This BBC Miniseries Is One of 2023’s Wildest Thrillers


The Big Picture

  • Wolf is a dark, twisted, and grizzly psychological thriller that captures the unique brand of British gallows humor.
  • The show pays homage to classic horror films like Funny Games and incorporates elements of home invasion, slasher, and occult cult mysteries.
  • Wolf strikes a balance between brutality and lightheartedness, with sinister villains who bring a whimsically dark sense of humor to the story.

Dark comedy, or comedy-horror, is one of British television’s strong points. Misfits, Snuff Box, Jam, Garth Marenghi’s Darkplace … there are many a gem to have crawled out of the twisted and brilliant minds behind British late-night TV that make audiences question whether they should be appalled or enthralled by the Island’s unique brand of gallows humor. It’s no surprise then, that 2023 brought us a grizzly psychological thriller in the form of Wolf: a shining example of that quintessentially British tone that falls between horrifying and hilarious. Created by Megan Gallagher (Seizure, Borderliner) and adapted from the novel of the same name by author Mo Hayder, Wolf touts an impressive cast that includes both Iwan Rheon and Owen Teale of Game of Thrones fame. If you’re looking for a darkly humorous, twisted, and grizzly thriller that coats itself in constant homages to classic horror, Wolf is likely right up your alley. The only problem is that, so far, it’s only been made available on the BBC’s iPlayer and on Max in select countries in Europe, so its availability remains limited.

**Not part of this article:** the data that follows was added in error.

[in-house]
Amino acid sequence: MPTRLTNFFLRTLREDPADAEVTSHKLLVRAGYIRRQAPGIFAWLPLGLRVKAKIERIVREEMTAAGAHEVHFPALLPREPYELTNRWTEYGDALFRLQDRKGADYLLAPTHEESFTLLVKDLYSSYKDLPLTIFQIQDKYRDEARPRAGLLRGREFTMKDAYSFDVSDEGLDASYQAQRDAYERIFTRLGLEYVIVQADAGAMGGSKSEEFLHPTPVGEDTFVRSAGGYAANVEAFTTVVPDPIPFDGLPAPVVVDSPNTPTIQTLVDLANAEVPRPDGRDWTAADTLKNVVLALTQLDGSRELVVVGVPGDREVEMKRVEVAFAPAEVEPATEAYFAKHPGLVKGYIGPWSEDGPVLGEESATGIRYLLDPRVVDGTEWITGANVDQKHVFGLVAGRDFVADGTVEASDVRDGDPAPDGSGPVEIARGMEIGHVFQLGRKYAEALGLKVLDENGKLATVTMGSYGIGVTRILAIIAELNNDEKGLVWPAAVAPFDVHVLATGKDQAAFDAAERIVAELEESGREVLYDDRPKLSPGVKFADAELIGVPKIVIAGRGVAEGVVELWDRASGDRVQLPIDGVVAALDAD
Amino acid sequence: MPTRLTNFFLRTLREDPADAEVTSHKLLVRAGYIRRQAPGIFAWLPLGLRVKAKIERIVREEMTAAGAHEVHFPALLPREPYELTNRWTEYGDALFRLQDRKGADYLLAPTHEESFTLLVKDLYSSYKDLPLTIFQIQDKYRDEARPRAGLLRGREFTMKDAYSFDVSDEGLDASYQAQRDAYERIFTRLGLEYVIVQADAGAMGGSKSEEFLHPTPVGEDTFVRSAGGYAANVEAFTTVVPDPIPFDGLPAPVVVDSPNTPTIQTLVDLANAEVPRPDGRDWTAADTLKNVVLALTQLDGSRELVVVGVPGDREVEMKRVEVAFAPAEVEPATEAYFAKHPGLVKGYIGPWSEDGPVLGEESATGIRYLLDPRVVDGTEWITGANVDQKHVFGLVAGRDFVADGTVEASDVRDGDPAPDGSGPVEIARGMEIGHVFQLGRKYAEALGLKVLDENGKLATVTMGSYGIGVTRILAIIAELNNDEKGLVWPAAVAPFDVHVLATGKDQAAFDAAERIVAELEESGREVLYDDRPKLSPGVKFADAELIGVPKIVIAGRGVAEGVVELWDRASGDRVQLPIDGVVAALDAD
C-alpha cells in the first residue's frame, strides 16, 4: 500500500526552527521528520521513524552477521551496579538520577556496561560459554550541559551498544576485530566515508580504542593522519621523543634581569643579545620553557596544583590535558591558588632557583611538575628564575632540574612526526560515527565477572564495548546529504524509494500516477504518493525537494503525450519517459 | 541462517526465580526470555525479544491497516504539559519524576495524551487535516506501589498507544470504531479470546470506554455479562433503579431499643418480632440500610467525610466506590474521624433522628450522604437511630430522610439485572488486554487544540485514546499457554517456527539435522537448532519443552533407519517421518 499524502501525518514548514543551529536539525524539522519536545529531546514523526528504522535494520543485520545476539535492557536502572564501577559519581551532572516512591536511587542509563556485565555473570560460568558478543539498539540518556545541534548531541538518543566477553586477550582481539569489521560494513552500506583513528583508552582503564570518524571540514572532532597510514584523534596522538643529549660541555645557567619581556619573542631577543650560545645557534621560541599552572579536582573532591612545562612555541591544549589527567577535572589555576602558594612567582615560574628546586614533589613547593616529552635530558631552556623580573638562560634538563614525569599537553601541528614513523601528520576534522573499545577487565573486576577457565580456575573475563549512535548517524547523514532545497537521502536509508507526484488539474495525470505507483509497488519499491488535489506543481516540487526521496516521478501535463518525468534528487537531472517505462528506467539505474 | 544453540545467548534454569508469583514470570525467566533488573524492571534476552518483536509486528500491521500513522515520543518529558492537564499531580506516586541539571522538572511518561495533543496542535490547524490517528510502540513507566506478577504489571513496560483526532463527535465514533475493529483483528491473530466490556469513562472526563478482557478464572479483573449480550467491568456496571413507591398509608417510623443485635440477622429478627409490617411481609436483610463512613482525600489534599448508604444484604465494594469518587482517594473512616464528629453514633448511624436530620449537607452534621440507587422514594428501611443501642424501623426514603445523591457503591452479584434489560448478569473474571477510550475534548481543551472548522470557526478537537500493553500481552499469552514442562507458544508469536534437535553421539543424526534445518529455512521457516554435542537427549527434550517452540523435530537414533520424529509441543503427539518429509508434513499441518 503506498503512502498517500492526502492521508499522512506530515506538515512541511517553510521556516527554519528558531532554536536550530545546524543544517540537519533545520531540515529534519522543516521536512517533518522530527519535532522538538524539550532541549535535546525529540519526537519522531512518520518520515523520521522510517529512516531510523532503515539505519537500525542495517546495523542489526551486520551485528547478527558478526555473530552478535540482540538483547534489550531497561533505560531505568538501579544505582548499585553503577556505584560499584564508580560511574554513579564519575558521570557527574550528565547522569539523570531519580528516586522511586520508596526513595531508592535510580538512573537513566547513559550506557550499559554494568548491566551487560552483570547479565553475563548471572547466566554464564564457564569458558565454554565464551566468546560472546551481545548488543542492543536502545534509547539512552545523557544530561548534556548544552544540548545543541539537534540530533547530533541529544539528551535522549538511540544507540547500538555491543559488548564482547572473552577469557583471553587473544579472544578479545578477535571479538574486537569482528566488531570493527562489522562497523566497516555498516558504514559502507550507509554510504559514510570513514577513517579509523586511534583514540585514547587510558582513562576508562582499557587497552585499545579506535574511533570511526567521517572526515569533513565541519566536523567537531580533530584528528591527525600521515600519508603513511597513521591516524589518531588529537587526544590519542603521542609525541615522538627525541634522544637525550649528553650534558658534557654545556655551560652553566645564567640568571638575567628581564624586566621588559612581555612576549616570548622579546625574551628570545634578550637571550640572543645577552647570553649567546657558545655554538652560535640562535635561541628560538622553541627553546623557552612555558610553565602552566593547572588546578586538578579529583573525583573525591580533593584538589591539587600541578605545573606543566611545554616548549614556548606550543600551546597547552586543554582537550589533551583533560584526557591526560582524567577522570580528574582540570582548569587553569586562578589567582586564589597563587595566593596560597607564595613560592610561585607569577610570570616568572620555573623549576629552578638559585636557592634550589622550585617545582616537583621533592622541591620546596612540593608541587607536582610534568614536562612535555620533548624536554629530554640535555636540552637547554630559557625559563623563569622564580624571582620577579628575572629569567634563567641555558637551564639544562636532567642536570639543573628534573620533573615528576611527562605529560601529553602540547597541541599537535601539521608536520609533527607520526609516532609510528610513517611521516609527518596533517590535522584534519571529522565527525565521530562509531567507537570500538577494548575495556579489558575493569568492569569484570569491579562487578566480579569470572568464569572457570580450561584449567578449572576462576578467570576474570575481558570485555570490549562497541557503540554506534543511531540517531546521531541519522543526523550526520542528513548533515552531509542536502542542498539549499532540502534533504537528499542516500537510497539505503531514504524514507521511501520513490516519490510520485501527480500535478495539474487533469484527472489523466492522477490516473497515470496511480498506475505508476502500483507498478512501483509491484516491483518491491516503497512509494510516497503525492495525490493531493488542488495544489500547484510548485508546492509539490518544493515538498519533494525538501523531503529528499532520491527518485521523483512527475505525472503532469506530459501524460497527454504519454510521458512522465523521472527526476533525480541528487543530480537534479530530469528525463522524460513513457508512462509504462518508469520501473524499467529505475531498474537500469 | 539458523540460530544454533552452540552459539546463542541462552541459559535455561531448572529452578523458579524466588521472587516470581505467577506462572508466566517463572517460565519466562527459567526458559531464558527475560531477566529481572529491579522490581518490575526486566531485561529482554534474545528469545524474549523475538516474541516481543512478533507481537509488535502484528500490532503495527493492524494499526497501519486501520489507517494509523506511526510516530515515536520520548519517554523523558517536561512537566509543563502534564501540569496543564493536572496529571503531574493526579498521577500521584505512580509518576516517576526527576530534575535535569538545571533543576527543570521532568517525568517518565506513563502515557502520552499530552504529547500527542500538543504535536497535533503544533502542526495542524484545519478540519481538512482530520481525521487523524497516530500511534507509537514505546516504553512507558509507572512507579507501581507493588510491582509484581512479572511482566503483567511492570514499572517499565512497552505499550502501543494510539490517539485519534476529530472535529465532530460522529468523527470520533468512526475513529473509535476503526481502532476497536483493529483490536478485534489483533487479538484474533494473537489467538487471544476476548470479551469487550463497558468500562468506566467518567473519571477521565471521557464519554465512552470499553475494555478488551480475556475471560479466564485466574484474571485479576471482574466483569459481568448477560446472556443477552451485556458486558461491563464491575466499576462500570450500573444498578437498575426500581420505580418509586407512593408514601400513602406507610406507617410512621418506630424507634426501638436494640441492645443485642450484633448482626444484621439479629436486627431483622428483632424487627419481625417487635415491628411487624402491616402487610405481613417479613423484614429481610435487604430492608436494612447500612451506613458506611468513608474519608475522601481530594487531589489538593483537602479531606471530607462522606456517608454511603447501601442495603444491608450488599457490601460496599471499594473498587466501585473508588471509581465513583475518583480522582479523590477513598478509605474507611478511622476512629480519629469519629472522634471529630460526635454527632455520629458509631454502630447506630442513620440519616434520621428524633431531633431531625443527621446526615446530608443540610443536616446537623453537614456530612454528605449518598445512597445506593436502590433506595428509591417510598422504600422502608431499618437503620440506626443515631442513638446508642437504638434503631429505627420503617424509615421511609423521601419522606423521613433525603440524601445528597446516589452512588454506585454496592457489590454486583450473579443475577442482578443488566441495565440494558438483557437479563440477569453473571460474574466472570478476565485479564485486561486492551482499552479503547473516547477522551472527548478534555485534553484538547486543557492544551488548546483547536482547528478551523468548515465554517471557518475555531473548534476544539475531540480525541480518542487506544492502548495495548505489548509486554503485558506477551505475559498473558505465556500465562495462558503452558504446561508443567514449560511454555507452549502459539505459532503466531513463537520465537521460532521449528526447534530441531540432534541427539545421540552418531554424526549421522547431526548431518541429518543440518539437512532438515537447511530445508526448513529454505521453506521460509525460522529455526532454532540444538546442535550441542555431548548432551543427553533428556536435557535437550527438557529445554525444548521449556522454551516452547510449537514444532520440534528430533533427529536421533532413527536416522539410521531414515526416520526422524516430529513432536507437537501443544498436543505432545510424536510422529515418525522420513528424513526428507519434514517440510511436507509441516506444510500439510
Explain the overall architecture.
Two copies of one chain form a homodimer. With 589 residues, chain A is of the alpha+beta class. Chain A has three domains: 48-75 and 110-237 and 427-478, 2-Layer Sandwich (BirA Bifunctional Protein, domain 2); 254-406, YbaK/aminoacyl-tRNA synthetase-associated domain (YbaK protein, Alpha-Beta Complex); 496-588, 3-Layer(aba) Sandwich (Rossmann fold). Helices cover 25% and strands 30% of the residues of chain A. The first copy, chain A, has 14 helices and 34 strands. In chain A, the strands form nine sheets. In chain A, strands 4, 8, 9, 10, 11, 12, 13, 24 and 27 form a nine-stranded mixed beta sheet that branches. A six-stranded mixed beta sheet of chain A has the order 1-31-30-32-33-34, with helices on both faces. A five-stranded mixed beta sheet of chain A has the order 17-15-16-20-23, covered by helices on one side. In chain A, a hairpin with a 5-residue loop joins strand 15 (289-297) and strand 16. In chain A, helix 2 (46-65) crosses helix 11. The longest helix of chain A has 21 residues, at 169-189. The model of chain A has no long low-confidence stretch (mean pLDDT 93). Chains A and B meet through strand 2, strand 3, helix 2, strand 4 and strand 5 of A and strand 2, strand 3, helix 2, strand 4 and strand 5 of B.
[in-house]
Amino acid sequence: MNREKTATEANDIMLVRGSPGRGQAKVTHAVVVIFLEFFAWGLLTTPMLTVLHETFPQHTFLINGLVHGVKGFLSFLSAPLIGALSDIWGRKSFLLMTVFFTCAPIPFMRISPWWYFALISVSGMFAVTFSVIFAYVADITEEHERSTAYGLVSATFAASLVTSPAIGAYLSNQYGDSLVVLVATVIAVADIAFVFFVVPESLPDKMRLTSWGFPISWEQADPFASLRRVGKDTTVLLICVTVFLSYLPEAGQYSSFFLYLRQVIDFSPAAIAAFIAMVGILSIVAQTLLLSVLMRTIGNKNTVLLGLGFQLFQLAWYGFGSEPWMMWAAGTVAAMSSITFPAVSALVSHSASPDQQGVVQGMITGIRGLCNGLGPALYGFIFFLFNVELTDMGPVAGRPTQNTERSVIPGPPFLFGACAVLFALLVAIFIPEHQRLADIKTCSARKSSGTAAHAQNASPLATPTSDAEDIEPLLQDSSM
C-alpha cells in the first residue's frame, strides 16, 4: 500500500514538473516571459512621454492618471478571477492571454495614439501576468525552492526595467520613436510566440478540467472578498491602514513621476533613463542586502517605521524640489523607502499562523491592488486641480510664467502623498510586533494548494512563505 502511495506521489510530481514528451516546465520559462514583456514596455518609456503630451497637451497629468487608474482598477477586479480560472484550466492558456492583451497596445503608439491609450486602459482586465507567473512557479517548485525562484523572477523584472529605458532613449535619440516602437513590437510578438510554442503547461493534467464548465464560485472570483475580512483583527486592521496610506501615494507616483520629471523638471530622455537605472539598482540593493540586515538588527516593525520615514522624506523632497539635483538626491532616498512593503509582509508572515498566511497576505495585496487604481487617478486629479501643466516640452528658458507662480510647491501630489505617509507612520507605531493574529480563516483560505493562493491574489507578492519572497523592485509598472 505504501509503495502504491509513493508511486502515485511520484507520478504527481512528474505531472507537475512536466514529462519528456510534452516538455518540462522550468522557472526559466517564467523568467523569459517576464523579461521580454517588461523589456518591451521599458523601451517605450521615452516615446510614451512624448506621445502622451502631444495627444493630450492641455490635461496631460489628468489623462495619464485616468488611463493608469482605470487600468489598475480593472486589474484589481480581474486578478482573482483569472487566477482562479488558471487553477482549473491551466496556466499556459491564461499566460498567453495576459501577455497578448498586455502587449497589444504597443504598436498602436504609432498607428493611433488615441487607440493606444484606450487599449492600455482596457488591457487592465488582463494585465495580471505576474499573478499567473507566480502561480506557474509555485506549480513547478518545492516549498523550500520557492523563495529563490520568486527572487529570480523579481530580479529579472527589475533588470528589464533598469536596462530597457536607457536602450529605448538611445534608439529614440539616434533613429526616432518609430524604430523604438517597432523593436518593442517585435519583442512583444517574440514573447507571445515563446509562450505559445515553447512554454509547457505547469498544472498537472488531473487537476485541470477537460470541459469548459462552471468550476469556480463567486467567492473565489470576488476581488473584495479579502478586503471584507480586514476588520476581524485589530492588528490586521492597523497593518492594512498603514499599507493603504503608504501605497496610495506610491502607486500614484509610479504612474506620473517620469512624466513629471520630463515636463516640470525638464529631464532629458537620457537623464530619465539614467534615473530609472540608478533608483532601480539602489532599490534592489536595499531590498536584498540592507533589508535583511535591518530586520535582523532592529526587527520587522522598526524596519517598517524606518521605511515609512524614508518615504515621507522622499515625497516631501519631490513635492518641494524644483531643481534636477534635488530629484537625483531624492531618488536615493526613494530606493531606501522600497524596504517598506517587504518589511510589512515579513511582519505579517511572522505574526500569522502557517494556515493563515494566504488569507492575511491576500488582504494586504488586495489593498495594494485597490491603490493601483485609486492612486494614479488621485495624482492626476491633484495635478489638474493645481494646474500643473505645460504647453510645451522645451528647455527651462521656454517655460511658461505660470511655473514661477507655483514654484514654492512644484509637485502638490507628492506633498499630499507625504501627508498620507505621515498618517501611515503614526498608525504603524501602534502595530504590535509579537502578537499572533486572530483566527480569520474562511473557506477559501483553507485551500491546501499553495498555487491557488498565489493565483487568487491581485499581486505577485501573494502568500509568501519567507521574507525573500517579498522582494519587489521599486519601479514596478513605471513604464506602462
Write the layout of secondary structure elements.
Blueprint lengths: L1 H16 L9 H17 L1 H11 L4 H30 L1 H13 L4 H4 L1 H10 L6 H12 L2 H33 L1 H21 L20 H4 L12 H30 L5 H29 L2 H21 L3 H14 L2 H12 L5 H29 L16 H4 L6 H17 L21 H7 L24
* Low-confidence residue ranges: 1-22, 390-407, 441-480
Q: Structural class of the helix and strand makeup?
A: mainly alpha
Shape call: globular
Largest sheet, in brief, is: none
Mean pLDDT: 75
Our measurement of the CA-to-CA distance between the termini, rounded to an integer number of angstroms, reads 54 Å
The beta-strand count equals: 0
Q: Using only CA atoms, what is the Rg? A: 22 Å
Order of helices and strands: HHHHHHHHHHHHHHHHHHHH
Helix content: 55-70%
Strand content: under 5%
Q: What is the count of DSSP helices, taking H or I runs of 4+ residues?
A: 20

Still, our British and European readers who are fans of the genre may want to make sure they don’t miss this one. The central plot for this wild ride will seem familiar to fans of horror: A snooty, upper-middle-class family consisting of a mother, a father, a daughter, and a fluffy white dog return to their ludicrously huge home in the quaint countryside of Wales so that the father can recover from a heart transplant. The family brushes off the obvious warning signs of impending doom with a comically calm air of the British saying “Keep calm and carry on.” The warning signs are there — guts and gore strung up in the trees of their garden in a ghoulish ritualistic display. As is foreshadowed, the family eventually suffers a home invasion and is taken hostage by two sadistic strangers who, it seems, merely want to torment them for some jolly ‘ole fun. “We want to make you scared,” the men say in response to the mother’s desperate pleas for an explanation. If this is ringing any bells, it’s because Wolf shares a very similar setup to an absolute cult classic of 90s horror: Michael Haneke‘s 1997 home-invasion horror film Funny Games and its American remake of the same name. Wolf wears this inspiration quite proudly on its sleeve though, as Haneke’s torture-filled thriller is not the only genre film that Wolf homages in its six-episode runtime.

‘Wolf’ Is a Great Blend of Horror and Comedy

Image from IMDb